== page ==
The newest game in Leadership and management seems to be ‘Mindfulness’. There is a lot of research that is getting published, and most of it focuses on CEO’s and how they benefit from 20 minutes of mindfulness practice. I am sure every member of the organization will gain immensely from its practice.
One of the most delightful taxi rides I have ever had was one in which the taxi driver was calmness personified as he drove through particularly unruly traffic. It turned out that he was a regular meditator. I remember commenting about his attitude, “You have to handle this every day for long hours” I said. A very interesting discussion ensued on how important it is for a person to go back home after a difficult days work in a state of mind where he can smile at his wife and play with his children. “Yoga and dhyAna are indispensible for me” was his final statement. He practiced prANAyAma to prepare himself for the rigours of the day and also as soon as he finished his workday, he kept repeating a japa whenever we stopped at traffic lights!
I am delighted that an ancient Indian practice is getting the attention it deserves. I have no doubt at all that all the research done by Jon Kabat-Zinn and others on the Buddhist meditators from Dalai Lama’s senior monks is excellent work. However, a few tendencies worry me.
Firstly, there is a presentation of ‘mindfulness’ as if it is ‘the active ingredient’. This is reminiscent of the way Pharmaceutical companies study many traditional healing practices and preparations and analyze the herbs used to extract the one chemical that is the essential curative element. This chemical is then patented, synthesized in a factory, and the future then belongs to that company’s top line! When we look at ‘dhyAna’ or ‘anapAnasati’ the original practices that were studied, we find that they are part of a holistic set of practices and worldview. ‘Mindfulness’ is starting to sound like a pill that has been distilled out of the original messy mix.
Let me illustrate: dhyAna is one of the ‘eight limbs’ of Yogic discipline. These limbs are accepted by all Indian Spiritual teachings. The worldview that characterises both Yogic and Buddhist thought for example, make attentiveness, contemplation and meditation a central practice of a life that is directed towards spiritual attainment. Householders, Kings, Monks and people from all walks of life who valued the spiritual path practiced a form of meditation that was meaningful to them. DhyAna is not a ‘detachable fragment’! It has been recognised that when the ‘active agents’ are separated from the holistic herbal preparations there are ‘side effects’ that the whole herb does not create. Often the herb is part of a dietary regimen and is itself an integral part of a holistic treatment. One wonders what the side effects would be of practicing ‘mindfulness the pill’.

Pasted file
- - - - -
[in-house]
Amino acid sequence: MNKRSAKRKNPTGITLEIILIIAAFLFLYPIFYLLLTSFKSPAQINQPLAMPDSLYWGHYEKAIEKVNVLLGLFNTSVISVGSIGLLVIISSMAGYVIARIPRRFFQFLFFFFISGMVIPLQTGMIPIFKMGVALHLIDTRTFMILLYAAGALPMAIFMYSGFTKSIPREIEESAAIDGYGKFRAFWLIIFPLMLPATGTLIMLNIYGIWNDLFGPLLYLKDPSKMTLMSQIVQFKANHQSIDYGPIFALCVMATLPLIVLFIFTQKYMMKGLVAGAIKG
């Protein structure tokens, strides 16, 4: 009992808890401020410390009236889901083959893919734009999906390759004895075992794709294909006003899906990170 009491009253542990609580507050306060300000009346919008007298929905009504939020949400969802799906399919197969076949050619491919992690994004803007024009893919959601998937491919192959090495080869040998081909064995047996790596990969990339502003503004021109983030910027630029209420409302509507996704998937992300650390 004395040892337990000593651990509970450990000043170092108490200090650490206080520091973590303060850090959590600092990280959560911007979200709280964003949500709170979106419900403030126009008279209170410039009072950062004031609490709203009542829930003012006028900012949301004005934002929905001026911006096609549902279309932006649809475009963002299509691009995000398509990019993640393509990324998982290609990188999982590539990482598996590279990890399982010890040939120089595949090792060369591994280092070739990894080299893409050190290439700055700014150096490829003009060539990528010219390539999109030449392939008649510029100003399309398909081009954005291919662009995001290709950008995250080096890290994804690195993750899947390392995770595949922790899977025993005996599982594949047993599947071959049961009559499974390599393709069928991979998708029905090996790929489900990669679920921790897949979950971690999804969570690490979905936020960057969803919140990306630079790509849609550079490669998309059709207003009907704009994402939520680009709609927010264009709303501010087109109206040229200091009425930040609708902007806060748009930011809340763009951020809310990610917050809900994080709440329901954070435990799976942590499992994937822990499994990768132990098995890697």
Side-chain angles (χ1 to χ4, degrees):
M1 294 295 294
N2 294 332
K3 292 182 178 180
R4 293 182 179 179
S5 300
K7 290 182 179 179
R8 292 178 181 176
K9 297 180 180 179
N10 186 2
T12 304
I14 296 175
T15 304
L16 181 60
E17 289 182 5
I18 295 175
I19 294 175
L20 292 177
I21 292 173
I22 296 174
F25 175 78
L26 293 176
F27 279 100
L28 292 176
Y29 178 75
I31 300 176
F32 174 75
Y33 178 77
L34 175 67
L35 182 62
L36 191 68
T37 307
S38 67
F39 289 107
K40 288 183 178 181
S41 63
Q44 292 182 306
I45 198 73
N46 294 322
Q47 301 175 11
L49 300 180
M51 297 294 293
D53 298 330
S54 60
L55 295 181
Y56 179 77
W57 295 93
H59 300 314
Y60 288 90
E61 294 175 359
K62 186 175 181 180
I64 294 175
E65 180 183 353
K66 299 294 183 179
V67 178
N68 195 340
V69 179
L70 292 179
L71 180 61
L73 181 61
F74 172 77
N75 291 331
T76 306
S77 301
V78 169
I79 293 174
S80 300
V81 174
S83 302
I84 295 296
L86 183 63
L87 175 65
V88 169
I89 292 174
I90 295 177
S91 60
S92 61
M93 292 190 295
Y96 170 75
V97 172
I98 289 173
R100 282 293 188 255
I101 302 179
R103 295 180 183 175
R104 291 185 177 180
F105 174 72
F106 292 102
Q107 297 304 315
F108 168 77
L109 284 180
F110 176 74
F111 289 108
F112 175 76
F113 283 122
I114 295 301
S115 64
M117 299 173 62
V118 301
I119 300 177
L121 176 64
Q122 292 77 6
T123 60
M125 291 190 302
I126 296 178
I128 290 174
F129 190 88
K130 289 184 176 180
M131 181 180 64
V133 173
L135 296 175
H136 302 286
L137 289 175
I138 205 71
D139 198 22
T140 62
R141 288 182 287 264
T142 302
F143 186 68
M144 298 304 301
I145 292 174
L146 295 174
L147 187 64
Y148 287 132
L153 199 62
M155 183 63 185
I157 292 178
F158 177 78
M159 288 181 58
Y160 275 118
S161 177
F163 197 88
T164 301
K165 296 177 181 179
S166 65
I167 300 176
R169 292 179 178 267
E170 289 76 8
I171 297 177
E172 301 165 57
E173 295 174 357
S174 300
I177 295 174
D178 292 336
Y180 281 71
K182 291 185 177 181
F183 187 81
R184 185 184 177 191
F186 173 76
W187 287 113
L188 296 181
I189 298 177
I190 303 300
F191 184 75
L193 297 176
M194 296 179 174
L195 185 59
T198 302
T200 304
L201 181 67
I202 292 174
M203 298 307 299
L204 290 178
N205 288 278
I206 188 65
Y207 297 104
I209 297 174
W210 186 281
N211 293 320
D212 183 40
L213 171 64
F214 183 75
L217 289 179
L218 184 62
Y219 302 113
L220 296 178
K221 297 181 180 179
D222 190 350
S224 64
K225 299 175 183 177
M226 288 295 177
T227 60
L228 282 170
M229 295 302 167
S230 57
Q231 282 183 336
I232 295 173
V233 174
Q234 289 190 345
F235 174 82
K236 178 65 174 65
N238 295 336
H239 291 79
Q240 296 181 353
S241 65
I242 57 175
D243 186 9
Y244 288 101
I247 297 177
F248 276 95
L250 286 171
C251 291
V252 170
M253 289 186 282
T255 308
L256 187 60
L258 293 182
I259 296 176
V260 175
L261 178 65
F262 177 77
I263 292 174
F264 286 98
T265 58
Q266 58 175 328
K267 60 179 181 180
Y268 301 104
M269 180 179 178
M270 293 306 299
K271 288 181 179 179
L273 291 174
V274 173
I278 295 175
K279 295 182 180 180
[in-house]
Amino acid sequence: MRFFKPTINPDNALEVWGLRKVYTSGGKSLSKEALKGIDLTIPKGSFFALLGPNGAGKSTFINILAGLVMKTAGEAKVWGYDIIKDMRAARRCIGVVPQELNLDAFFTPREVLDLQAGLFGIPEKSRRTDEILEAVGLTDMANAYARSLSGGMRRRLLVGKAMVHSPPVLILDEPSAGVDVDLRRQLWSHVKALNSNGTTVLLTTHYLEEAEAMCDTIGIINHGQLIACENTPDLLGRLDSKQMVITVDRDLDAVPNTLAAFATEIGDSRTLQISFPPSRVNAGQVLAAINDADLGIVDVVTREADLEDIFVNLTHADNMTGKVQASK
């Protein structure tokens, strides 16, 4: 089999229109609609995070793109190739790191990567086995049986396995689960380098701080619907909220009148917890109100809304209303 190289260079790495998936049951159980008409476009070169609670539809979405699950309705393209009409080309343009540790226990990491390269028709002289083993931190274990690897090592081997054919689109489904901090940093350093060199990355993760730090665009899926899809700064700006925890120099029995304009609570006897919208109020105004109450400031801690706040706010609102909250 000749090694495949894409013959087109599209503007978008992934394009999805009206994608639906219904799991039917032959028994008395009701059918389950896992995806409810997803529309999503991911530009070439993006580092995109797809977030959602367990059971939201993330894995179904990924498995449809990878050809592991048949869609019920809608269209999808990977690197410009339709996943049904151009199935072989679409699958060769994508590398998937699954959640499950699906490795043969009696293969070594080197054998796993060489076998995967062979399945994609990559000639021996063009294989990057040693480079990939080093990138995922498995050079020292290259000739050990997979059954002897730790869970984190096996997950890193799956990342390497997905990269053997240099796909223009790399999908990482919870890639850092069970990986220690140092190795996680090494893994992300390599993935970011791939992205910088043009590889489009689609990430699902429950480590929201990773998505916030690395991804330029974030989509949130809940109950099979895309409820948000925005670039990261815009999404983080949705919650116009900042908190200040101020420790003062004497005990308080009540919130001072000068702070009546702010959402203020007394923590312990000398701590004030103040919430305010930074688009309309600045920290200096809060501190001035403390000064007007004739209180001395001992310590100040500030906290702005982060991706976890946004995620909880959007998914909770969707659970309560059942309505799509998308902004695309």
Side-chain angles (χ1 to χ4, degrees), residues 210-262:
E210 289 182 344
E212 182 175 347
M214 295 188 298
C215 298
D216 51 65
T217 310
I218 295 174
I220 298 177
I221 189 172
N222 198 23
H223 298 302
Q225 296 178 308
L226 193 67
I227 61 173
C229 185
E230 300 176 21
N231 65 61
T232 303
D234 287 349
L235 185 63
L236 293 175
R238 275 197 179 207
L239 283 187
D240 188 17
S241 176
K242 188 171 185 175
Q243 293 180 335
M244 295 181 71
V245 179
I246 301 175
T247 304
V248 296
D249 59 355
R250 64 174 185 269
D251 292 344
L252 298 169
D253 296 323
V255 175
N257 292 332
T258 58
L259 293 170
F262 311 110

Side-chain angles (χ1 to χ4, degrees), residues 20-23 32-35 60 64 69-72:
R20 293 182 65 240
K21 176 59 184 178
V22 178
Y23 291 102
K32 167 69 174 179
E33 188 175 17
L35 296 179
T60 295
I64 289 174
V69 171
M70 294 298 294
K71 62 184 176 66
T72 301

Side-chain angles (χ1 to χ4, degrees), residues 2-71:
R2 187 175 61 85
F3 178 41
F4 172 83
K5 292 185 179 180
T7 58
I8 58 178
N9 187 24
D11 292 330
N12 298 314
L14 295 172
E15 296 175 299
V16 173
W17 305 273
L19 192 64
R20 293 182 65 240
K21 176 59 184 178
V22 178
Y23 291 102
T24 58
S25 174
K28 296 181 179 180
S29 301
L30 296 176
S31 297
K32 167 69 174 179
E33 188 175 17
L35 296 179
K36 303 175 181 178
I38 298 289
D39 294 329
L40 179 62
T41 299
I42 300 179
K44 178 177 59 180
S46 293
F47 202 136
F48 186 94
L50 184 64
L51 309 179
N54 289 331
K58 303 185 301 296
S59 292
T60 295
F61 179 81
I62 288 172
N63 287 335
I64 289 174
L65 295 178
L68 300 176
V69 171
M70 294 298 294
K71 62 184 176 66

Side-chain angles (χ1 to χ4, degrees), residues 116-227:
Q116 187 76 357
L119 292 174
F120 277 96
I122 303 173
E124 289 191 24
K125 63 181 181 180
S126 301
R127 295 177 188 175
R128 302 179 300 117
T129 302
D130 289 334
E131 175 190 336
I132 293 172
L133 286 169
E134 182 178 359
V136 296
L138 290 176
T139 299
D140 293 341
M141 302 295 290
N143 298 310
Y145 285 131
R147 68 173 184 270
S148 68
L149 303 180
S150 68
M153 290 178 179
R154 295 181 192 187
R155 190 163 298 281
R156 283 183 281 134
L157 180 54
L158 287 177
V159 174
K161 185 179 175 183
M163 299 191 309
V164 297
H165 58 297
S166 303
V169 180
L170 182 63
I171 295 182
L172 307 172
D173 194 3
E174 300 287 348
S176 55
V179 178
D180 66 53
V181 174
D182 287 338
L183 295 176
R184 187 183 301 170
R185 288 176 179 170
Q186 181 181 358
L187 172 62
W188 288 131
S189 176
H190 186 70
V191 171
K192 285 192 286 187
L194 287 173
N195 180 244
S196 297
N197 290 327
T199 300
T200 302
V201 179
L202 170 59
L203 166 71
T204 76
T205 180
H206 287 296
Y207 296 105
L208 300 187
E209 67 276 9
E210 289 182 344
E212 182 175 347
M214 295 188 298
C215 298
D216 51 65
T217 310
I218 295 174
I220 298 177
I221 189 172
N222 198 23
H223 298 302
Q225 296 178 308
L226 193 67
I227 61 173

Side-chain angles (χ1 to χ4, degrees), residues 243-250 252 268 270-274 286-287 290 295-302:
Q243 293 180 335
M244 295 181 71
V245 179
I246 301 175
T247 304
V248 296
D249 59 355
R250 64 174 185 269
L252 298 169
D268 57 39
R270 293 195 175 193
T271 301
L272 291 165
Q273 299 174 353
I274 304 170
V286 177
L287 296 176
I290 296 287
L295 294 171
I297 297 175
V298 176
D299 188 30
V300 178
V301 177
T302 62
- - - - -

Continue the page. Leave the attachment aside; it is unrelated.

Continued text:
Secondly, the idea that a human being is part of Nature is central to the worldview out of which the contemplative practices have grown. What happens when this idea is plucked out of its nutrient medium and placed, often sold, as a tool for effectiveness? IMHO, dhyAna is a practice that ought to lead to the development of ecologically sensitive and sustainable ways of deploying science and technology. Mindfulness as it is promoted will make many executives who do not wish to ask the difficult questions regarding their motivations, the impact of their business on the environment, on equity and the like more ‘effective’. This is because these practices that definitely make ones mind more sharp and retentive are placed in a context that values ‘utilitarianism’ as its defining characteristic.
Thirdly, ‘Mindfulness’ is presented almost as if it is a modern discovery. If one reads Wikipedia (popularly seen as the arbiter of truth!) one comes across this line: “a famous exercise, introduced by Kabat-Zinn in his MBSR-program, is the mindful tasting of a raisin, in which a raisin is being tasted and eaten mindfully”, now this was something that Thich Nhat Hanh has often written about. Mindful eating and the psychological correlates of the ‘six rasa’ is part of Ayurvedic lore. Many such simple practices set in the everyday mundane routines of living are recommended dhaarana (contemplative) practices that my teacher Yogacharya Krishnamacharya would mention casually. I am sure the serious researchers are not part of this ‘cultural appropriation’. But like most of Yoga has been plucked out of its context and innovated out of recognition in the name of making it accessible (more commercially viable?), we run the risk of a practice that has profound possibilities becoming a pill for an ill.
DhyAna taken seriously will definitely lead to the discovery of the higher purpose of ones life. This is purpose cannot be the answer to questions like “how do I make more profits?” nor “how do I get the next promotion?” The Paris events of 2015, namely, Charlie Hebdo, the recent terrorist killings and the Climate Talks point to an urgent, perhaps long overdue need to do a fundamental reorienting of the use of science and technology in the service of world peace, sustainability and equity. Dhyaana and anapAnasati are set in a philosophy that places great emphasis on compassion. I am not sure ‘mindfulness’ cares about this philosophy; it is most commonly presented in a context of personal success.